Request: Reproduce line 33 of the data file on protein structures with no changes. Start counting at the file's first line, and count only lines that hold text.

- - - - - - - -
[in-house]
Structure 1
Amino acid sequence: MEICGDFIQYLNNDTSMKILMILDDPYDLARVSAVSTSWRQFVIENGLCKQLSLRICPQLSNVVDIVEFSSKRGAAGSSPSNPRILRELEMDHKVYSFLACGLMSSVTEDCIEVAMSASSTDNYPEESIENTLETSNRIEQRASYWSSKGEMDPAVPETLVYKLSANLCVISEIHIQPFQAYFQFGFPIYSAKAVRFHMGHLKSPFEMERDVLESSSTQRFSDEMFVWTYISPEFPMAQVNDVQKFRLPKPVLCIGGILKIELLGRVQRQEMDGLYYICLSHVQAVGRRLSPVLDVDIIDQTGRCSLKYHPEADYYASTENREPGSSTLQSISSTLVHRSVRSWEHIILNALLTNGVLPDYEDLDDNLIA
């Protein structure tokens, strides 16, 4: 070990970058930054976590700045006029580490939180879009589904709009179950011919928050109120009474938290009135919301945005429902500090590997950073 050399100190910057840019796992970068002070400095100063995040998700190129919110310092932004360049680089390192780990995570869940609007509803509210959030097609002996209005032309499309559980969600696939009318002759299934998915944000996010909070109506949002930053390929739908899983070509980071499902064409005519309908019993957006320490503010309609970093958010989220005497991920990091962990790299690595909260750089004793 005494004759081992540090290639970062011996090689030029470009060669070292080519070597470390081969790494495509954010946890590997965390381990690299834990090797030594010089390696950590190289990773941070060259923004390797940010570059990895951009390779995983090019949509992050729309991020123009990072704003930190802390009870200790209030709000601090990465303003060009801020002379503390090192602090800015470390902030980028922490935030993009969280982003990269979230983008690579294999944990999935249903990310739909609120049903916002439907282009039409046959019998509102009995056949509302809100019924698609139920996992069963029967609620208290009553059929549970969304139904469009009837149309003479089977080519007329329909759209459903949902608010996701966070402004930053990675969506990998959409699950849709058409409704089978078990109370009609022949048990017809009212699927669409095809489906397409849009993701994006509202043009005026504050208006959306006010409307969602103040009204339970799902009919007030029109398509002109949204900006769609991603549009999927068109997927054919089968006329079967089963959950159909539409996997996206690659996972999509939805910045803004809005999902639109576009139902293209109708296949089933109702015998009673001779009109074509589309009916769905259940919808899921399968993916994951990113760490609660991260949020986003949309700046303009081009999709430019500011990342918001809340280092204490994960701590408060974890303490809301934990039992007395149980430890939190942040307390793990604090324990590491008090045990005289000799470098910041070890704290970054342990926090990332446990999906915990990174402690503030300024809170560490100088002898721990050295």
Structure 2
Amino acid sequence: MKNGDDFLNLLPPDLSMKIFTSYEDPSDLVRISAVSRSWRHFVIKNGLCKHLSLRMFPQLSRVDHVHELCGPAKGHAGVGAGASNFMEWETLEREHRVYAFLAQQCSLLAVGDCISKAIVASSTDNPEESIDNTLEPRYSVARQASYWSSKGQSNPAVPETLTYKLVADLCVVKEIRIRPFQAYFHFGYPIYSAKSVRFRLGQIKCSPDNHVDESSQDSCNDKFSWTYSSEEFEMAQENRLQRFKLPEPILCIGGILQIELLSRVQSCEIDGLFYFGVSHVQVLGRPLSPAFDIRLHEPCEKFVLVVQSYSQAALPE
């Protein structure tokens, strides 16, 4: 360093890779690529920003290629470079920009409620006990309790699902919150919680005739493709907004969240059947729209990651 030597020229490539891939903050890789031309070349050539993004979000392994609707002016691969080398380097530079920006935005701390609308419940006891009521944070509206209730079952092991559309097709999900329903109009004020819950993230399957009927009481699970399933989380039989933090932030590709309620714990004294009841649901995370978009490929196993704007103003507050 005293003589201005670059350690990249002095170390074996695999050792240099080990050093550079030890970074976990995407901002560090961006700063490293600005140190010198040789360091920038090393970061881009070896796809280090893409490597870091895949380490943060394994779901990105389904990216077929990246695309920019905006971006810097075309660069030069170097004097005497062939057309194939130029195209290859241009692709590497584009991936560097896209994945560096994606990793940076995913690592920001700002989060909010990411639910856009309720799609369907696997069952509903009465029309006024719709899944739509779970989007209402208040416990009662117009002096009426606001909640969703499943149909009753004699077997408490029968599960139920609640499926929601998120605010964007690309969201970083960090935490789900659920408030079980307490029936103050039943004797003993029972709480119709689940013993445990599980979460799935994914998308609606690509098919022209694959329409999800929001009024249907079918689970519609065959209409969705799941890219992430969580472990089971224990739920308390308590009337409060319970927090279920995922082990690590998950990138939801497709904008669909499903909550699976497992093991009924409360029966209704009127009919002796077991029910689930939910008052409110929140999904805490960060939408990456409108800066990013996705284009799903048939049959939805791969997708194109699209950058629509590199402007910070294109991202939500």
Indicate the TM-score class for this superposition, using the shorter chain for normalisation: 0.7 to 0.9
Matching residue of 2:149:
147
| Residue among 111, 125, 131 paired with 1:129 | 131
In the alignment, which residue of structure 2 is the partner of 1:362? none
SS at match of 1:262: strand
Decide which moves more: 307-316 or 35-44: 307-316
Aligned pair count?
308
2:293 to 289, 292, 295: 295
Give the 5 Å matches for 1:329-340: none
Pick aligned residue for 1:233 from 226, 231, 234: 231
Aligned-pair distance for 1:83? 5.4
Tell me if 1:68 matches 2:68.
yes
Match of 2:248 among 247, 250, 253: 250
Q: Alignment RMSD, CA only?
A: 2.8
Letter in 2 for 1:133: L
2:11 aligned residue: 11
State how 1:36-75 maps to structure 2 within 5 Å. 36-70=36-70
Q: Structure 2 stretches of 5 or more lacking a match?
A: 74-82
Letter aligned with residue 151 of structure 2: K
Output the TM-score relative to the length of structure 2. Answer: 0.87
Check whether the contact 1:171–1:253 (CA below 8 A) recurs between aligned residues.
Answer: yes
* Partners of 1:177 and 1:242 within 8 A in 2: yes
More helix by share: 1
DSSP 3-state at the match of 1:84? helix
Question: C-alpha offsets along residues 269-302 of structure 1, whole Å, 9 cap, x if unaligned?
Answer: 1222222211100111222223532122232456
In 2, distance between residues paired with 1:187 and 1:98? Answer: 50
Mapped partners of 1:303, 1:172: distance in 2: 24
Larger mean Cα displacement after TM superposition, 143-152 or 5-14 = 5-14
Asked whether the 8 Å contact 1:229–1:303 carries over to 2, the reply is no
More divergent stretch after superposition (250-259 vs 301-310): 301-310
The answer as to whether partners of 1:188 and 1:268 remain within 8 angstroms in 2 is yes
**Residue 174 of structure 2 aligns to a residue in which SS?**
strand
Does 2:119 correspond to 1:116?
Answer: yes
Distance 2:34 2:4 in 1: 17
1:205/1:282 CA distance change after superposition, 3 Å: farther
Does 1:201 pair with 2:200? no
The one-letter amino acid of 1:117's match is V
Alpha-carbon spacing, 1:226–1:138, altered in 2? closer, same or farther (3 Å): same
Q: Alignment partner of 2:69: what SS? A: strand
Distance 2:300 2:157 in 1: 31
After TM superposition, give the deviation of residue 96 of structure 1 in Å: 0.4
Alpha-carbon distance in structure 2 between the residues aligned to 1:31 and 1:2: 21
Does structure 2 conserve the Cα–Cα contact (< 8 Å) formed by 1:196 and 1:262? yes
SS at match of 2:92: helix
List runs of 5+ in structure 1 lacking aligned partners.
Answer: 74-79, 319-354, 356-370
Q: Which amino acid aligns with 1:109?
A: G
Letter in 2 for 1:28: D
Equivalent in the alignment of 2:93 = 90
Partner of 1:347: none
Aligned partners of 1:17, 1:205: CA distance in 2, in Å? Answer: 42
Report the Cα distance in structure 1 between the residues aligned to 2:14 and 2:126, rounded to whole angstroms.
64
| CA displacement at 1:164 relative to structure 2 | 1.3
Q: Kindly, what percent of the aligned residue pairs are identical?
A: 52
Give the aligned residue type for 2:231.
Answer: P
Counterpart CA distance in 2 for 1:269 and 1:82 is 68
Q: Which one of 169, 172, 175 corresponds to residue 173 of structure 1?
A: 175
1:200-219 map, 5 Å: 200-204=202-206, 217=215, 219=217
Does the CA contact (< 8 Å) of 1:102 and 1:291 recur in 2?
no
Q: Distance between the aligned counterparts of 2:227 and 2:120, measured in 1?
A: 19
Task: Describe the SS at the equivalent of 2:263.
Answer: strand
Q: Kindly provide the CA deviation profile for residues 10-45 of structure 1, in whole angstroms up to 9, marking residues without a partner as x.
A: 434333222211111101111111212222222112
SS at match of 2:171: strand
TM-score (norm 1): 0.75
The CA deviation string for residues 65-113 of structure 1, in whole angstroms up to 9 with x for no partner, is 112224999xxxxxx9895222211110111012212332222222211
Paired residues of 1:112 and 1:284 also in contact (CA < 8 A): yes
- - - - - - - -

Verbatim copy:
Check whether the contact 1:171–1:253 (CA below 8 A) recurs between aligned residues.